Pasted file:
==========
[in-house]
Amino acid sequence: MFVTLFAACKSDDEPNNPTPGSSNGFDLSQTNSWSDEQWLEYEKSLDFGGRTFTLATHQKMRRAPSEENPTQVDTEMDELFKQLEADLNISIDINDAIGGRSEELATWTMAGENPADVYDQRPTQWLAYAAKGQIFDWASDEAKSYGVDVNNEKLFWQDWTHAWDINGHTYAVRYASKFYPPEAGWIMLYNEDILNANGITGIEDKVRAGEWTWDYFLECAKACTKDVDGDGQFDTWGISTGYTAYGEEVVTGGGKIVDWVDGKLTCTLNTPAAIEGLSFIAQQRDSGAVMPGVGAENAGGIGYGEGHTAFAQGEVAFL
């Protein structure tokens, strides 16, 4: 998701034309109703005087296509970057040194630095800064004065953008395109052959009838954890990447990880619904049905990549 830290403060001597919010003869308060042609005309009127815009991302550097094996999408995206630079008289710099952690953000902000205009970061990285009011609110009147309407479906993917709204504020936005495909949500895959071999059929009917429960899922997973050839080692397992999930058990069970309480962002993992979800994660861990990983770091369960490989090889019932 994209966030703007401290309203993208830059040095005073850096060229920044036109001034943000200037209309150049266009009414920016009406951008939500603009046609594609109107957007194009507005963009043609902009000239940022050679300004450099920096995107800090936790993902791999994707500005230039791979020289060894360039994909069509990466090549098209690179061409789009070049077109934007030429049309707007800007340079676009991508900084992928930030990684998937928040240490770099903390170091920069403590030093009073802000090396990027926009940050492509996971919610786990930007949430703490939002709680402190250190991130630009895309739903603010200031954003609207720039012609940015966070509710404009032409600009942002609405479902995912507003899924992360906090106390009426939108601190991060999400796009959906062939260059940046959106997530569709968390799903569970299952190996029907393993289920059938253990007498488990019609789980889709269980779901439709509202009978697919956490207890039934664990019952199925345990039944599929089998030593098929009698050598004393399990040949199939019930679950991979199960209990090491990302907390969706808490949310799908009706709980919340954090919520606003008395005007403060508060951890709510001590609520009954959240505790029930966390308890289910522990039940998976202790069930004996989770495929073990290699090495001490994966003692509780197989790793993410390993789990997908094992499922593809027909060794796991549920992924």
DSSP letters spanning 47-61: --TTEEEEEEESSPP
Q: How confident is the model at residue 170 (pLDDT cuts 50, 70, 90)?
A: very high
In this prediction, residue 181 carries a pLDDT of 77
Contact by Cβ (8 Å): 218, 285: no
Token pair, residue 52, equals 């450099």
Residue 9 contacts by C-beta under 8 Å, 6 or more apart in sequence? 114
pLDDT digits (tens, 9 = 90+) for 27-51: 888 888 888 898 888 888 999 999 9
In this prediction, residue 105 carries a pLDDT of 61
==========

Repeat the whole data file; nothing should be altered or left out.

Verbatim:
[in-house]
Amino acid sequence: MFVTLFAACKSDDEPNNPTPGSSNGFDLSQTNSWSDEQWLEYEKSLDFGGRTFTLATHQKMRRAPSEENPTQVDTEMDELFKQLEADLNISIDINDAIGGRSEELATWTMAGENPADVYDQRPTQWLAYAAKGQIFDWASDEAKSYGVDVNNEKLFWQDWTHAWDINGHTYAVRYASKFYPPEAGWIMLYNEDILNANGITGIEDKVRAGEWTWDYFLECAKACTKDVDGDGQFDTWGISTGYTAYGEEVVTGGGKIVDWVDGKLTCTLNTPAAIEGLSFIAQQRDSGAVMPGVGAENAGGIGYGEGHTAFAQGEVAFL
């Protein structure tokens, strides 16, 4: 998701034309109703005087296509970057040194630095800064004065953008395109052959009838954890990447990880619904049905990549 830290403060001597919010003869308060042609005309009127815009991302550097094996999408995206630079008289710099952690953000902000205009970061990285009011609110009147309407479906993917709204504020936005495909949500895959071999059929009917429960899922997973050839080692397992999930058990069970309480962002993992979800994660861990990983770091369960490989090889019932 994209966030703007401290309203993208830059040095005073850096060229920044036109001034943000200037209309150049266009009414920016009406951008939500603009046609594609109107957007194009507005963009043609902009000239940022050679300004450099920096995107800090936790993902791999994707500005230039791979020289060894360039994909069509990466090549098209690179061409789009070049077109934007030429049309707007800007340079676009991508900084992928930030990684998937928040240490770099903390170091920069403590030093009073802000090396990027926009940050492509996971919610786990930007949430703490939002709680402190250190991130630009895309739903603010200031954003609207720039012609940015966070509710404009032409600009942002609405479902995912507003899924992360906090106390009426939108601190991060999400796009959906062939260059940046959106997530569709968390799903569970299952190996029907393993289920059938253990007498488990019609789980889709269980779901439709509202009978697919956490207890039934664990019952199925345990039944599929089998030593098929009698050598004393399990040949199939019930679950991979199960209990090491990302907390969706808490949310799908009706709980919340954090919520606003008395005007403060508060951890709510001590609520009954959240505790029930966390308890289910522990039940998976202790069930004996989770495929073990290699090495001490994966003692509780197989790793993410390993789990997908094992499922593809027909060794796991549920992924």
DSSP letters spanning 47-61: --TTEEEEEEESSPP
Q: How confident is the model at residue 170 (pLDDT cuts 50, 70, 90)?
A: very high
In this prediction, residue 181 carries a pLDDT of 77
Contact by Cβ (8 Å): 218, 285: no
Token pair, residue 52, equals 């450099």
Residue 9 contacts by C-beta under 8 Å, 6 or more apart in sequence? 114
pLDDT digits (tens, 9 = 90+) for 27-51: 888 888 888 898 888 888 999 999 9
In this prediction, residue 105 carries a pLDDT of 61